A sensory neuronal ion channel essential for airway inflammation and hyperreactivity in asthma

Department of Pharmacology, Yale University School of Medicine, 333 Cedar St., New Haven, CT 06520, USA.
Proceedings of the National Academy of Sciences (Impact Factor: 9.67). 06/2009; 106(22):9099-9104. DOI: 10.1073/pnas.0900591106


Asthma is an inflammatory disorder caused by airway exposures to allergens and chemical irritants. Studies focusing on immune,
smooth muscle, and airway epithelial function revealed many aspects of the disease mechanism of asthma. However, the limited
efficacies of immune-directed therapies suggest the involvement of additional mechanisms in asthmatic airway inflammation.
TRPA1 is an irritant-sensing ion channel expressed in airway chemosensory nerves. TRPA1-activating stimuli such as cigarette
smoke, chlorine, aldehydes, and scents are among the most prevalent triggers of asthma. Endogenous TRPA1 agonists, including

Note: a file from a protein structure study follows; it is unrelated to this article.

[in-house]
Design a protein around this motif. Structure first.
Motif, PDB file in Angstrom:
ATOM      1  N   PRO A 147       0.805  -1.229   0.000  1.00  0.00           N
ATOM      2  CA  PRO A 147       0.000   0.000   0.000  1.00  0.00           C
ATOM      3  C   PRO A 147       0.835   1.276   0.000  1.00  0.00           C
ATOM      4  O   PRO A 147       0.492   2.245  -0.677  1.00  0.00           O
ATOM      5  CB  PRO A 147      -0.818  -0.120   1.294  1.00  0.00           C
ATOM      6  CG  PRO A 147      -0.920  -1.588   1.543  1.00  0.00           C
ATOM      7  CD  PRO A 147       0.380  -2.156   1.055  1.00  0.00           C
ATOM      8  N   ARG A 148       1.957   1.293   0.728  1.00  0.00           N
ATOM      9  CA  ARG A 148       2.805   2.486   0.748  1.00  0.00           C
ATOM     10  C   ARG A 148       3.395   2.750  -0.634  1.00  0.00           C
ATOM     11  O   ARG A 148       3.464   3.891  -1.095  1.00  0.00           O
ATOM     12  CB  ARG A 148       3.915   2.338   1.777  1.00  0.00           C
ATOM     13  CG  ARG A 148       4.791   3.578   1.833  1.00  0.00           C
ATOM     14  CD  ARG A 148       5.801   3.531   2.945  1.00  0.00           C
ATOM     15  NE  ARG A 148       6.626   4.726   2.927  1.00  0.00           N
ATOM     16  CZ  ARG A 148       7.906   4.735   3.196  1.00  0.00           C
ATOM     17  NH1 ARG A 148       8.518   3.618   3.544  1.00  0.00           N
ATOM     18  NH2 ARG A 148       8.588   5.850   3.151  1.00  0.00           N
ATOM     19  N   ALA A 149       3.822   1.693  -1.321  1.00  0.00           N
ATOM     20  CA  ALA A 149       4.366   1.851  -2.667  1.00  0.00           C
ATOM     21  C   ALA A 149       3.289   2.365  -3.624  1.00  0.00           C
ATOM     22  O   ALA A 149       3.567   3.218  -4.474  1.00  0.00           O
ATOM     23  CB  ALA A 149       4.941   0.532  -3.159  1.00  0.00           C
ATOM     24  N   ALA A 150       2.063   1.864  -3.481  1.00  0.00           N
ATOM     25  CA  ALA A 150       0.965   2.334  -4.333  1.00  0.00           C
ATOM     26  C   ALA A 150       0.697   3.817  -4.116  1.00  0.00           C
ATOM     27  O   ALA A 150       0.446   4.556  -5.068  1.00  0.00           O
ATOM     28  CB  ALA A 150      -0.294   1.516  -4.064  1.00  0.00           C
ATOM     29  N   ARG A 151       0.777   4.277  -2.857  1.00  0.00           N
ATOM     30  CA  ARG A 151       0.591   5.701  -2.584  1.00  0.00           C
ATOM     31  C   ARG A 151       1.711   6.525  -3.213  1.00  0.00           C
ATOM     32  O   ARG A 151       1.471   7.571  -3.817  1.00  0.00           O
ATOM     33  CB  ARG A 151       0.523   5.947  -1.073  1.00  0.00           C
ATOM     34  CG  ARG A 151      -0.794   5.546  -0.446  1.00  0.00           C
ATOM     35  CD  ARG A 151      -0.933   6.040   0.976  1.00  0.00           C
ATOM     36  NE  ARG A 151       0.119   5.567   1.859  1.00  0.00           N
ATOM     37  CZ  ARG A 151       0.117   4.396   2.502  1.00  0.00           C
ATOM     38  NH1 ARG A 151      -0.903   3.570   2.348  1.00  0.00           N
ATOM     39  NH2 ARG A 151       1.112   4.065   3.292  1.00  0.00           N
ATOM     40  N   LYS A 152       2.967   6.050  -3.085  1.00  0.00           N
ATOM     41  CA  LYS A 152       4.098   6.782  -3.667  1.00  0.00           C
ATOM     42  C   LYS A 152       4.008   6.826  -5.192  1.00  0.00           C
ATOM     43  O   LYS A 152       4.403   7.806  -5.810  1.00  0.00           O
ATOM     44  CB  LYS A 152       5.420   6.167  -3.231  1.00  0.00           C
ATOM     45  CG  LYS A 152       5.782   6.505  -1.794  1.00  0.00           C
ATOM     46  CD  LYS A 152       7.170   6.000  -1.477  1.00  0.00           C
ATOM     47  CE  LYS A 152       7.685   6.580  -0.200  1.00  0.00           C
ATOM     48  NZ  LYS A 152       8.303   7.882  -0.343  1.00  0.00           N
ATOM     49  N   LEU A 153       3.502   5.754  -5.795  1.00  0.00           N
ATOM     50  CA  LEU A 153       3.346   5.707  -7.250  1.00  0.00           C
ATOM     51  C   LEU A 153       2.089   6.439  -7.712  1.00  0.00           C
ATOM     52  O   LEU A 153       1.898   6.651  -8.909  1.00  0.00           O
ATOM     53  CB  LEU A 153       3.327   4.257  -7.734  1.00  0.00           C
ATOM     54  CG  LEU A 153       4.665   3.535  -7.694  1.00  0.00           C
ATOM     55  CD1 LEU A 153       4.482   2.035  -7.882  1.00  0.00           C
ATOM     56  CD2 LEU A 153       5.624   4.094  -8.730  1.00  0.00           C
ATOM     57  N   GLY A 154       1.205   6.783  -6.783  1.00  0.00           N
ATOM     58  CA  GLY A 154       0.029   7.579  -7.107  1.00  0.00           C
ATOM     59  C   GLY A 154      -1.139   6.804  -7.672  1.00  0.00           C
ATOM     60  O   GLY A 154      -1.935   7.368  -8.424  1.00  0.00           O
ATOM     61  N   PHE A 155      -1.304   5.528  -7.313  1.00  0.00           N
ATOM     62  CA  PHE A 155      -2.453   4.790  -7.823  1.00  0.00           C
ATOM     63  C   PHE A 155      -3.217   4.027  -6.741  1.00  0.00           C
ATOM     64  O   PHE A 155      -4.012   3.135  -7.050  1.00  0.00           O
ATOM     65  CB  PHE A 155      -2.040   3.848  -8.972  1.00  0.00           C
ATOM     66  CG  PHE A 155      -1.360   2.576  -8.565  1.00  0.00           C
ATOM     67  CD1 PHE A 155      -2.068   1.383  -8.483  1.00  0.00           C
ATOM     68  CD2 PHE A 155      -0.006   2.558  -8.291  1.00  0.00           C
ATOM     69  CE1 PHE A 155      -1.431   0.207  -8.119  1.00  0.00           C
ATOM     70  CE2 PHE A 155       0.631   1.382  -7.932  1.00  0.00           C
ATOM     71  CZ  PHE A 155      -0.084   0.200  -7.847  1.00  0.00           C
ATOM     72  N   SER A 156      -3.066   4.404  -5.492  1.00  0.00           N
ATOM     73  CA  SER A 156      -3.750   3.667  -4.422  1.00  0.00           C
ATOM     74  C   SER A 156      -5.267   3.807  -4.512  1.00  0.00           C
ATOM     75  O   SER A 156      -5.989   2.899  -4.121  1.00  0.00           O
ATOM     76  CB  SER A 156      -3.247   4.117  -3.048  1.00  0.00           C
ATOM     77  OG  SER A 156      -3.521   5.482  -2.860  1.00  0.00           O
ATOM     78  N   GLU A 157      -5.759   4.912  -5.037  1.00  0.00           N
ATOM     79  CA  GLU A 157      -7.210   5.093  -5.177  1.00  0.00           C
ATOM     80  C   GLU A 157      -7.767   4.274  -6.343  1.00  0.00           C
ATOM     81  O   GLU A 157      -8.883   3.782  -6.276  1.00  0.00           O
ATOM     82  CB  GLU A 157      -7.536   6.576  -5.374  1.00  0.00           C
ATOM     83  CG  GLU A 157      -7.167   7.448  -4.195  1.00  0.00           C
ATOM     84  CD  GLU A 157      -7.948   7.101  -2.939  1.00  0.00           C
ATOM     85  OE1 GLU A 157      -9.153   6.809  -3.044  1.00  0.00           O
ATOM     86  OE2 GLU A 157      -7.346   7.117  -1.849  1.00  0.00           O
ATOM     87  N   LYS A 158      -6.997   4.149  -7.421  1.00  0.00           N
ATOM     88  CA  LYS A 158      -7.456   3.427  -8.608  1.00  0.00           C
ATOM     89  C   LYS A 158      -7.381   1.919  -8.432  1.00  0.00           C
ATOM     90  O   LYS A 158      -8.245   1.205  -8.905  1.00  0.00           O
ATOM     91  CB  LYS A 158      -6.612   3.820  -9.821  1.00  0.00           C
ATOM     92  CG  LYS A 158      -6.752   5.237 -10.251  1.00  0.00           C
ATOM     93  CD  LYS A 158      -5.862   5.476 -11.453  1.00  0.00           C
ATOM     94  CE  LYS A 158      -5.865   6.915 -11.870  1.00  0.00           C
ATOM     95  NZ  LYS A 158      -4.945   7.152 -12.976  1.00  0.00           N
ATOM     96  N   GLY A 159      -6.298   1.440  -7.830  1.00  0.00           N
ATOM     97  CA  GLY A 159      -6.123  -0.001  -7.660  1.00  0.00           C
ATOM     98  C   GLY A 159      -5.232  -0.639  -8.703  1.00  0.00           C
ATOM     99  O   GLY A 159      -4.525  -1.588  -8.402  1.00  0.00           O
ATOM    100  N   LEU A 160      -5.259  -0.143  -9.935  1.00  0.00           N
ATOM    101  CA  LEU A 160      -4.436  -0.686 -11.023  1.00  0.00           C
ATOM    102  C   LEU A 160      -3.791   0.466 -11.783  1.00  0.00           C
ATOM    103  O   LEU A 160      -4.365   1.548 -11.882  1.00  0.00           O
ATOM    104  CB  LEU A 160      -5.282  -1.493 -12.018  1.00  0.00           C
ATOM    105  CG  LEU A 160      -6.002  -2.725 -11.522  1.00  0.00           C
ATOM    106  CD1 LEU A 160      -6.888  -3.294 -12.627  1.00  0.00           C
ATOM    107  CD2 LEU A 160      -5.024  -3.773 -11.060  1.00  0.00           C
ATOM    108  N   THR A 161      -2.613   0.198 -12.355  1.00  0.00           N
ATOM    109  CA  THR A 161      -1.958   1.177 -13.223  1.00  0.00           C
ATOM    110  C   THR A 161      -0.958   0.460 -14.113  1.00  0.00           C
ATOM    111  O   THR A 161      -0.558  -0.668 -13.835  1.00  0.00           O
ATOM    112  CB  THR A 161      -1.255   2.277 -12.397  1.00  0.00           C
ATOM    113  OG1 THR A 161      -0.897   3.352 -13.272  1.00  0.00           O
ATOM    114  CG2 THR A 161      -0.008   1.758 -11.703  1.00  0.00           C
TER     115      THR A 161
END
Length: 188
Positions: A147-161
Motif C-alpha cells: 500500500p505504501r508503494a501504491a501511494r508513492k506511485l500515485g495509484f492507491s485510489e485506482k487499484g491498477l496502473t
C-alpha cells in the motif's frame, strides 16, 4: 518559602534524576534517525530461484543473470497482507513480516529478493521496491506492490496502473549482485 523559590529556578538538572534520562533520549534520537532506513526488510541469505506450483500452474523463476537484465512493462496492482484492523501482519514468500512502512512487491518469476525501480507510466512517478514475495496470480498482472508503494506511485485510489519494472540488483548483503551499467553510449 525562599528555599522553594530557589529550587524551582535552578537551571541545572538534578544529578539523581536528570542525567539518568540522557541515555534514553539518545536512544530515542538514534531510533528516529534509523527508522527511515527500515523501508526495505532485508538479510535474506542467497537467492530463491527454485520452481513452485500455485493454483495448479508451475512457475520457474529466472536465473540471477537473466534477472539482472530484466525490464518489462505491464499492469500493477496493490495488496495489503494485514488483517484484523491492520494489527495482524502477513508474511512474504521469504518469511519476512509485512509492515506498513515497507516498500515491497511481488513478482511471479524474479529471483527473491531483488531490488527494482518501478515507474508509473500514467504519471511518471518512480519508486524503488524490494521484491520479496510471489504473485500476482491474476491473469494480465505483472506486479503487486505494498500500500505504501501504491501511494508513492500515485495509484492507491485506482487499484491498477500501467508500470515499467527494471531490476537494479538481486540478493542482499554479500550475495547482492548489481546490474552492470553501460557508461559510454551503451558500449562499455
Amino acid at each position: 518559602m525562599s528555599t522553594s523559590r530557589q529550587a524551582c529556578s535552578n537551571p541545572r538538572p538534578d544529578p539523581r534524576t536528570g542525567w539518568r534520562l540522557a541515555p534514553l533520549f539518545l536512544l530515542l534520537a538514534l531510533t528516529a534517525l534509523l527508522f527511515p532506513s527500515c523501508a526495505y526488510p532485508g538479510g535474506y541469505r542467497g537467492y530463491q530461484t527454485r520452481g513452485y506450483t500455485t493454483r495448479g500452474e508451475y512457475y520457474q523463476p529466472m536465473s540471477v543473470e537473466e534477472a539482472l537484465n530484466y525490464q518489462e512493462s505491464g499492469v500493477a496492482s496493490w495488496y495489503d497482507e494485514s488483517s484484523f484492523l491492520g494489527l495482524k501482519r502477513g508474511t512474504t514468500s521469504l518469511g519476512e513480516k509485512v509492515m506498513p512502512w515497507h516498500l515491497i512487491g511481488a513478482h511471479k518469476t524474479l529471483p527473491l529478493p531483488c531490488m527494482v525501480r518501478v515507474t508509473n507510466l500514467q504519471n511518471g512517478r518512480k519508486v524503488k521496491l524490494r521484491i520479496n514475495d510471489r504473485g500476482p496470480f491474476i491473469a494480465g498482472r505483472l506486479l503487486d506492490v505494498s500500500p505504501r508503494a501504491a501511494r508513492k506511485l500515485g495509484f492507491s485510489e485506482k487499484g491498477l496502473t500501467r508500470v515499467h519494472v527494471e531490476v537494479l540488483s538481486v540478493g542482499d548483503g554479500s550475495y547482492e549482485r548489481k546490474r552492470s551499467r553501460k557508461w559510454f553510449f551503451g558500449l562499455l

reactive oxygen species and lipid peroxidation products, are potent drivers of allergen-induced airway inflammation in asthma.
Here, we examined the role of TRPA1 in allergic asthma in the murine ovalbumin model. Strikingly, genetic ablation of TRPA1
inhibited allergen-induced leukocyte infiltration in the airways, reduced cytokine and mucus production, and almost completely
abolished airway hyperreactivity to contractile stimuli. This phenotype is recapitulated by treatment of wild-type mice with
HC-030031, a TRPA1 antagonist. HC-030031, when administered during airway allergen challenge, inhibited eosinophil infiltration
and prevented the development of airway hyperreactivity. Trpa1−/− mice displayed deficiencies in chemically and allergen-induced neuropeptide release in the airways, providing a potential
explanation for the impaired inflammatory response. Our data suggest that TRPA1 is a key integrator of interactions between
the immune and nervous systems in the airways, driving asthmatic airway inflammation following inhaled allergen challenge.
TRPA1 may represent a promising pharmacological target for the treatment of asthma and other allergic inflammatory conditions.

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Available from: Donato del Camino, Oct 10, 2015
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